402 Cohen Hall
Evidence for the activities of women in archaeological contexts is often hypothesized when classes of artifacts assumed to be the possessions of women—jewelry – or evidence of their work – weaving tools-- appear. The unreliability of this type of knee-jerk gendering of artifacts is clear, however, when considering material in tombs where human remains are anthropologically sexed. So-called “women’s” grave goods appear in male graves and vice versa.
This talk reviews some current methodologies for gendering artifacts more reliably—starting with a rigorous assessment of material from a significant sample of sexed graves, discovering how categories of evidence are gendered or not, and applying the conclusions to discover women in non-funerary, ritual contexts.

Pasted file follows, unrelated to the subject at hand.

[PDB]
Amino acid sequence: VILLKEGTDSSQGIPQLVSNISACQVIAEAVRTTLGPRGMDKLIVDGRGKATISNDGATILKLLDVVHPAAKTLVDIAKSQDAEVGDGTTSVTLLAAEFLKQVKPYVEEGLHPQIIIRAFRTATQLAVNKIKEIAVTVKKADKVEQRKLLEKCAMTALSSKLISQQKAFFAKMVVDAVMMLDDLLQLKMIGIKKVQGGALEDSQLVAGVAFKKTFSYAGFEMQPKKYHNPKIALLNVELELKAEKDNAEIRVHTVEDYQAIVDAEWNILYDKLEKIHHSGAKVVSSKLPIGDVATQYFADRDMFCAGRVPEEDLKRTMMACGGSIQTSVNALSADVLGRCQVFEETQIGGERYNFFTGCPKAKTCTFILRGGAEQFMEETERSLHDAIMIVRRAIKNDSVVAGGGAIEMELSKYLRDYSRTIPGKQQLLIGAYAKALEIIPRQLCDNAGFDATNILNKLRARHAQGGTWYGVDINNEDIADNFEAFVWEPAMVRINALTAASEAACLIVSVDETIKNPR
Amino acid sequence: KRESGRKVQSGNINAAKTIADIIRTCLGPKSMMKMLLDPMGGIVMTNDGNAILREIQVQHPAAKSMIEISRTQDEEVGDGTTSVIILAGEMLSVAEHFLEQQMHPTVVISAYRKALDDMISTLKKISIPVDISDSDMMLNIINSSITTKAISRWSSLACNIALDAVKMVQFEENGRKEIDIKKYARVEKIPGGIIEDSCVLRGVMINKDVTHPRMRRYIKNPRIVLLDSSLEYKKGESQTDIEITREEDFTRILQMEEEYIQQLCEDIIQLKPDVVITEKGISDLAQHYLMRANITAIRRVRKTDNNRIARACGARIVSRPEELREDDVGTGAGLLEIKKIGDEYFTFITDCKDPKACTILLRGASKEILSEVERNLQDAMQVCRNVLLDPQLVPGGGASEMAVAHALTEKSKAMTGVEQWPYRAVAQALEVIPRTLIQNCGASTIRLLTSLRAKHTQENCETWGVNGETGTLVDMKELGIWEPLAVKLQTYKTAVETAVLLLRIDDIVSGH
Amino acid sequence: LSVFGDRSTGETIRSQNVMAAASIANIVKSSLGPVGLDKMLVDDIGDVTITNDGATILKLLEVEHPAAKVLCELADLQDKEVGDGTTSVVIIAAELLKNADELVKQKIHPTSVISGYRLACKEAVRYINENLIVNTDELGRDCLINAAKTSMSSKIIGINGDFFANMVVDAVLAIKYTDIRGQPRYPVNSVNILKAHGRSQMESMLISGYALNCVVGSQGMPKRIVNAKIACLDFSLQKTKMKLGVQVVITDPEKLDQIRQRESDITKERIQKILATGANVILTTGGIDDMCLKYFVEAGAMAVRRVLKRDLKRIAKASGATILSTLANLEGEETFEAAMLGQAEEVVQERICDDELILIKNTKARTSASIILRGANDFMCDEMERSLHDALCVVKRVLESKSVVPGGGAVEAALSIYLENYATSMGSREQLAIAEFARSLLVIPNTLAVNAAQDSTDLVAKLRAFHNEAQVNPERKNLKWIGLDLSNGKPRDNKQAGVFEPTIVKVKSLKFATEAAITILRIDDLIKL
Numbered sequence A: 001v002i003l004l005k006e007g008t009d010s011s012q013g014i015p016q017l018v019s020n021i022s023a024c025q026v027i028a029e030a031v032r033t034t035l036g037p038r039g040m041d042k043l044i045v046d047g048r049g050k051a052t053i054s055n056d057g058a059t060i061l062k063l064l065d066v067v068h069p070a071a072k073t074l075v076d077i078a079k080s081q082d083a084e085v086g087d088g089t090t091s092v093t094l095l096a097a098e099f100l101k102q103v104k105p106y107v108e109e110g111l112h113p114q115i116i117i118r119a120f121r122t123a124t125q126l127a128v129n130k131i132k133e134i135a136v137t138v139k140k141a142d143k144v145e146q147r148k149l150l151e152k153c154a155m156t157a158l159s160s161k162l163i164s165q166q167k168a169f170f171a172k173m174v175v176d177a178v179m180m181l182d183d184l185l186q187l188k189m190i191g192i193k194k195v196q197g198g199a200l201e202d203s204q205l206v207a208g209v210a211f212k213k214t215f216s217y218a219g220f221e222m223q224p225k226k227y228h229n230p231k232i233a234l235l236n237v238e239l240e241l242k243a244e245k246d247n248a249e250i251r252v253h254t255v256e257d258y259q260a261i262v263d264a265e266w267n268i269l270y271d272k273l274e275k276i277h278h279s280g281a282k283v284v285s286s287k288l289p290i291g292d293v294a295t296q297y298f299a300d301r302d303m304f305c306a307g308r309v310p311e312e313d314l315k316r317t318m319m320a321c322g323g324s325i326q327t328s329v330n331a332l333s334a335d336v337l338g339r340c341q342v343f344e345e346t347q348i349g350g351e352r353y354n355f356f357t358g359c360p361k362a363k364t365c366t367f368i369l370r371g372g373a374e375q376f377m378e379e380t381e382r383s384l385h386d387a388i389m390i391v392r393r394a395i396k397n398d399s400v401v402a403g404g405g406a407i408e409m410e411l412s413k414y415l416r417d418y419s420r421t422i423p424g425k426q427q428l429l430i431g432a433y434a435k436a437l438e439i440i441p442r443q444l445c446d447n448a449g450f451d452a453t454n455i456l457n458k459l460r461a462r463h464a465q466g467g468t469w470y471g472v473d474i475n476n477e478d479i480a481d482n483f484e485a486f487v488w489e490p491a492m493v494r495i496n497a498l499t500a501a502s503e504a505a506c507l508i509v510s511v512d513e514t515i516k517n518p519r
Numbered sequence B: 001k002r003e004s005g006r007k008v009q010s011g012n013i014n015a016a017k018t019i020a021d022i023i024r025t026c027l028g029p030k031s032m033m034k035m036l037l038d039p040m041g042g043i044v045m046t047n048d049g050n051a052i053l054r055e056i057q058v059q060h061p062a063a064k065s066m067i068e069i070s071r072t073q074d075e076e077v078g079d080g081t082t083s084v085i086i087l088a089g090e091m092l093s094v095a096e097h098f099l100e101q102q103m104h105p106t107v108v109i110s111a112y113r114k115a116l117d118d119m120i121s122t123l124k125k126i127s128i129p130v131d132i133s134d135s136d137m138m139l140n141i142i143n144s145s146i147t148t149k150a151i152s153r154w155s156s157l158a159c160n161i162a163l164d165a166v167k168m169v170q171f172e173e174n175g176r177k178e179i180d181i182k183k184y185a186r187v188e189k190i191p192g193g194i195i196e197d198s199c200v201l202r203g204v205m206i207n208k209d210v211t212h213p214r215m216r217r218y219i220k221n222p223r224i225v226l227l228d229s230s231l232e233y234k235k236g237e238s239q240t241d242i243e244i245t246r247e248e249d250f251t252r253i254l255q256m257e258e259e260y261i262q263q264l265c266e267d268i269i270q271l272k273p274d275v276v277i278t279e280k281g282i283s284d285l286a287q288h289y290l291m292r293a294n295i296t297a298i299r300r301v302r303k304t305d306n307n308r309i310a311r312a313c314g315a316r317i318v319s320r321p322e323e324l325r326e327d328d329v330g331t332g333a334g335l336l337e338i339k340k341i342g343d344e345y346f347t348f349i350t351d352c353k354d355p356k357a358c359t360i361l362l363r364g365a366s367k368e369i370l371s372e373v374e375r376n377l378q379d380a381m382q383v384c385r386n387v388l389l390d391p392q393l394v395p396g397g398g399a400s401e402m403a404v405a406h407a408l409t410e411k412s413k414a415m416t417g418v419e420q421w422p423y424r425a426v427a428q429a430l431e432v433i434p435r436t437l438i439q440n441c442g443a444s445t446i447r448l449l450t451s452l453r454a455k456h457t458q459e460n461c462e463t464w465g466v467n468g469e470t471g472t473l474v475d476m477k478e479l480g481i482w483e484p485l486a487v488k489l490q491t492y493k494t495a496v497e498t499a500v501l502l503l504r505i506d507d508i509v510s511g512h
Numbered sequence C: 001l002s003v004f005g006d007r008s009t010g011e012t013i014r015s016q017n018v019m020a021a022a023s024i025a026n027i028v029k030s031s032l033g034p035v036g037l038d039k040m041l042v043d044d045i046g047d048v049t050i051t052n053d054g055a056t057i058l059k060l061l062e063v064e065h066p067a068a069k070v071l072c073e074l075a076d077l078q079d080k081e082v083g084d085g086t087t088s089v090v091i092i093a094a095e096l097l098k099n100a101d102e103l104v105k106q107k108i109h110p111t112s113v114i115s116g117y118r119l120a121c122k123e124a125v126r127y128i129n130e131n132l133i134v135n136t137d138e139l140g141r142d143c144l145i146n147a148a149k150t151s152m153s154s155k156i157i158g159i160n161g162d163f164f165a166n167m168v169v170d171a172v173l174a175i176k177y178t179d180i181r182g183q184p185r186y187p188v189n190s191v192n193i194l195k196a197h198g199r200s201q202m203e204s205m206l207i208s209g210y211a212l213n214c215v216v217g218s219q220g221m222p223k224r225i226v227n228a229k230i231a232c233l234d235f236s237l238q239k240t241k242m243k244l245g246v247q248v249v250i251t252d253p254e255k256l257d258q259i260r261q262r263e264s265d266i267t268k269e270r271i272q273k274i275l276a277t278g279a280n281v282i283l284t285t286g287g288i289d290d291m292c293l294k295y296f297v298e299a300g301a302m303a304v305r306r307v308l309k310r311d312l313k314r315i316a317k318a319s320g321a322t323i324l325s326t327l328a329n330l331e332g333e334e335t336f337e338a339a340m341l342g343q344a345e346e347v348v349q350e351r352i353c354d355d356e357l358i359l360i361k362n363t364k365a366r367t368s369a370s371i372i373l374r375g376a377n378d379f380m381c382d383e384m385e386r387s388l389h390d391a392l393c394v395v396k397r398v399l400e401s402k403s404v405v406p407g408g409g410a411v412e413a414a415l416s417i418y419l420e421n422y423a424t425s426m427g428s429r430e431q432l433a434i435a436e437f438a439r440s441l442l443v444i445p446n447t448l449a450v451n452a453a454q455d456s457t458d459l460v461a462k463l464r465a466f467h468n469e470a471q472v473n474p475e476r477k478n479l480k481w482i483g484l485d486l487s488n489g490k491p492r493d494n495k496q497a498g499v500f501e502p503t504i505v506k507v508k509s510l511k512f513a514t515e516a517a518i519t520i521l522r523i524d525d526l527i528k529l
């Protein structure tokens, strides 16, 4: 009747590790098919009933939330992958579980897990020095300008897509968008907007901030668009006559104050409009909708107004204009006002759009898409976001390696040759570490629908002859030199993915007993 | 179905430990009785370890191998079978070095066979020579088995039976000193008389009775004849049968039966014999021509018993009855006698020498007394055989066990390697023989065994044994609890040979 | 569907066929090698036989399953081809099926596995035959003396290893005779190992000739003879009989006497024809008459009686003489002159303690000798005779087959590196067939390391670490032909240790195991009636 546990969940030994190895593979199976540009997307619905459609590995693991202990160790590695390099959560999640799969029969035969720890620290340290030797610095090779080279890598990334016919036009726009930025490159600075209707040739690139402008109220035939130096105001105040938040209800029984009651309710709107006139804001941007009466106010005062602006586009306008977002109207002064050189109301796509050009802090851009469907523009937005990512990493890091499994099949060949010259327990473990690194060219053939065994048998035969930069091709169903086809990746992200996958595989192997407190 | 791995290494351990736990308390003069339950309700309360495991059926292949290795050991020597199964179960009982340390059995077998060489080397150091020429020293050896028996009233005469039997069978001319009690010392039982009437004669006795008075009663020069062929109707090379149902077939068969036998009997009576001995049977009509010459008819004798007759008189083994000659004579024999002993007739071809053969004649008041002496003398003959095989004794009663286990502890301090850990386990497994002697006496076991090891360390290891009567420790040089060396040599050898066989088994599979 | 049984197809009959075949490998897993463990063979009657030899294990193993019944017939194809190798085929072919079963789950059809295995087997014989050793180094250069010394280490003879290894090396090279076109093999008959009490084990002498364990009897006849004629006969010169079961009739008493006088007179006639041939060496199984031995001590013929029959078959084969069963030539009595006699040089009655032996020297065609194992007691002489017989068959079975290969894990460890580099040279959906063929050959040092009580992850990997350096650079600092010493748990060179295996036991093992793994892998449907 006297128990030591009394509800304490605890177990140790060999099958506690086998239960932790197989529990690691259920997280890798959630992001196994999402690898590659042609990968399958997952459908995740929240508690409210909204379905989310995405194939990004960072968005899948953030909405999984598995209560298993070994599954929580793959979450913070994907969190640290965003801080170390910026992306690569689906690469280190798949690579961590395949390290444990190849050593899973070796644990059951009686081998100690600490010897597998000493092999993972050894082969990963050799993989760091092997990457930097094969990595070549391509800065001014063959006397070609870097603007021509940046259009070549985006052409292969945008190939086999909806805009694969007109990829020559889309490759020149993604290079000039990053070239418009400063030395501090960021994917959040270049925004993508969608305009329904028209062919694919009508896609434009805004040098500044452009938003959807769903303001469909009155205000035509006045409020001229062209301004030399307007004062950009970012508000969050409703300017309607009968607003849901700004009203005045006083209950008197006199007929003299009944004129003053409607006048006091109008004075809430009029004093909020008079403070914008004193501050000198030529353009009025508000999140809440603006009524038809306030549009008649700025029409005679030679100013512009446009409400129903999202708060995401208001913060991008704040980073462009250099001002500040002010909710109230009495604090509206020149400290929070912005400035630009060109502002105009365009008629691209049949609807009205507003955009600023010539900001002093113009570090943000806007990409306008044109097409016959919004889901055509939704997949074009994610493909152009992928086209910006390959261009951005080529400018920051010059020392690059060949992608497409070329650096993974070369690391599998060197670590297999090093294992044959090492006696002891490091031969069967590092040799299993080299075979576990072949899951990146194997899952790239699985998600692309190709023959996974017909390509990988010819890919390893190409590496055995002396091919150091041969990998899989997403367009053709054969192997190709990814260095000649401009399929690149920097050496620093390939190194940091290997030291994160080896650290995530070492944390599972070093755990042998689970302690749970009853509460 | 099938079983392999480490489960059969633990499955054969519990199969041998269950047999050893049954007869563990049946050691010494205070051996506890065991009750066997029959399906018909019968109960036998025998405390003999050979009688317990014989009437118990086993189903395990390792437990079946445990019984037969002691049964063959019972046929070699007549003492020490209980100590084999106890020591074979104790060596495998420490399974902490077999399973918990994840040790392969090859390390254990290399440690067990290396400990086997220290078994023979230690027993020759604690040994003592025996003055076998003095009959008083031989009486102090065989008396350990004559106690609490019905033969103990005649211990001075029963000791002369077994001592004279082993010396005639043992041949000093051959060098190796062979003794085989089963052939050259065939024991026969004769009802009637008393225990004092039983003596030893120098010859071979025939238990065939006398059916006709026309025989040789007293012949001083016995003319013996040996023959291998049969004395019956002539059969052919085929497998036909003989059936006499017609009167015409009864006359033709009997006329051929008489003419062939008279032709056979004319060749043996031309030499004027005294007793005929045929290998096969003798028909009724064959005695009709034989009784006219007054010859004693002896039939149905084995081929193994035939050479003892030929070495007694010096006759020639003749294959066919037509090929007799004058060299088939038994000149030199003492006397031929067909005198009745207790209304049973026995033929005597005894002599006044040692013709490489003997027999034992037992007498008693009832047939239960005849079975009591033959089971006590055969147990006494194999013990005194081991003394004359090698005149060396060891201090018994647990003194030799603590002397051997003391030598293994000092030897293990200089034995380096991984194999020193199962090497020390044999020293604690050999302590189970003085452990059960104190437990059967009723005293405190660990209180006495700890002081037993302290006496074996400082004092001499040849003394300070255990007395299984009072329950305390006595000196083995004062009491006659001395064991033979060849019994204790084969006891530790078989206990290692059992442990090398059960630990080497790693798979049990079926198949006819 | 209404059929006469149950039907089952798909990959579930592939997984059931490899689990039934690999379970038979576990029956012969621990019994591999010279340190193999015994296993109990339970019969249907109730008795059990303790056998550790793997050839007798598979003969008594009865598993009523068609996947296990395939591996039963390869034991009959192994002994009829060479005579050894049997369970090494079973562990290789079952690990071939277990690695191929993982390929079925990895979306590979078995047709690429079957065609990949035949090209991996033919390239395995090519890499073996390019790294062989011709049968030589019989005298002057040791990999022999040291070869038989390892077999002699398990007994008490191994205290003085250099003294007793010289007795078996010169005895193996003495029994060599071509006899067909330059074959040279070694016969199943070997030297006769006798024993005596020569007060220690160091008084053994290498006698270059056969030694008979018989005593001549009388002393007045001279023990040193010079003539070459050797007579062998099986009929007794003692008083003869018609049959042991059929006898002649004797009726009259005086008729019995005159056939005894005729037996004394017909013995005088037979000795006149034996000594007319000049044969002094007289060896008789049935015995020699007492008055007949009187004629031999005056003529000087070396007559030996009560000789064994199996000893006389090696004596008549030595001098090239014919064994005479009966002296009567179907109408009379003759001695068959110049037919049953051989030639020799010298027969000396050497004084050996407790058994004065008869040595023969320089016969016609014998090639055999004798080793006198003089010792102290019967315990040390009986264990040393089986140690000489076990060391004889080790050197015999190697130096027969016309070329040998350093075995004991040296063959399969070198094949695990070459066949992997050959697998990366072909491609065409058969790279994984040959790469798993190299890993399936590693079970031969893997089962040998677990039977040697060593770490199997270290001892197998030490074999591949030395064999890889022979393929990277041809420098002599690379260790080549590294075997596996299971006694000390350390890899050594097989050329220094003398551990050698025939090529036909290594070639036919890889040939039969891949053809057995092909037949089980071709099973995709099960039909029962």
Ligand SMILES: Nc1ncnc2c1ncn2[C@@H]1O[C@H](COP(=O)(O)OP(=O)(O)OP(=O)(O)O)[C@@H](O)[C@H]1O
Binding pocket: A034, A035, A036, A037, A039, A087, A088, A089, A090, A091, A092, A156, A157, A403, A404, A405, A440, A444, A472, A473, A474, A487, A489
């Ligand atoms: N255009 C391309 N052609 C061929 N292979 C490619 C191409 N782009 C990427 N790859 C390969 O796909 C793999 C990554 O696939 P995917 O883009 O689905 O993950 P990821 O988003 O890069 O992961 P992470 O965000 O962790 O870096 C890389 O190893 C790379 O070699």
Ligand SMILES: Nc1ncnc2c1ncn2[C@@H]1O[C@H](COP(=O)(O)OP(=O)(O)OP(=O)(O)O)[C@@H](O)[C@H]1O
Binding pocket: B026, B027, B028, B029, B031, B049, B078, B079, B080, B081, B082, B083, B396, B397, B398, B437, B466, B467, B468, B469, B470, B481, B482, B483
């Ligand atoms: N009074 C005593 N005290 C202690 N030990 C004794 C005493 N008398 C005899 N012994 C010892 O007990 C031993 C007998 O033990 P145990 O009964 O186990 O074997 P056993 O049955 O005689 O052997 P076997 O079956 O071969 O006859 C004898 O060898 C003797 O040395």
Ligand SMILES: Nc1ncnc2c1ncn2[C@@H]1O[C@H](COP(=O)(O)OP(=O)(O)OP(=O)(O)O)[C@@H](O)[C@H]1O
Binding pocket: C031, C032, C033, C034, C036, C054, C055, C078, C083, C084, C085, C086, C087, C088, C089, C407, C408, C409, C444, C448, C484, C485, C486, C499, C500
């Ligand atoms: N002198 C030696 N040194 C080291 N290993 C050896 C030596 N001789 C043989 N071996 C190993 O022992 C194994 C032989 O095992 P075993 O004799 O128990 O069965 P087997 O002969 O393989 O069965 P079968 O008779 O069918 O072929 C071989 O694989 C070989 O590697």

The material recovered in 21 excavation seasons at Poggio Colla in N. Etruria (700-200 B.C.E.) includes extensive evidence for dedications and religious activity, including female activity in textile production, dedications, some surely by women, of luxury goods, and a likely cult focus on a female divinity. In addition, commensality is represented by several contexts that include vessels for drinking and eating in both plain locally made ware, and a smaller percentage of imported black gloss drinking cups. Material from a substantial cemetery in the same region includes more than 150 tombs, for half of which anthropologists have sexed the human remains. Grave groups reveal that different black gloss drinking vessel shapes are strongly correlated to women and men. The fact that these same vessels exist in the repertory of commensal shapes excavated at Poggio Colla provides intriguing hints for yet another facet of women’s participation in ritual activity at the sanctuary.
This kind of evidence helps to develop a more nuanced picture of the roles of women in elite Etruscan society, one that complement sand corrects the extreme interpretations of their status and behavior as registered by Greek and Roman writers.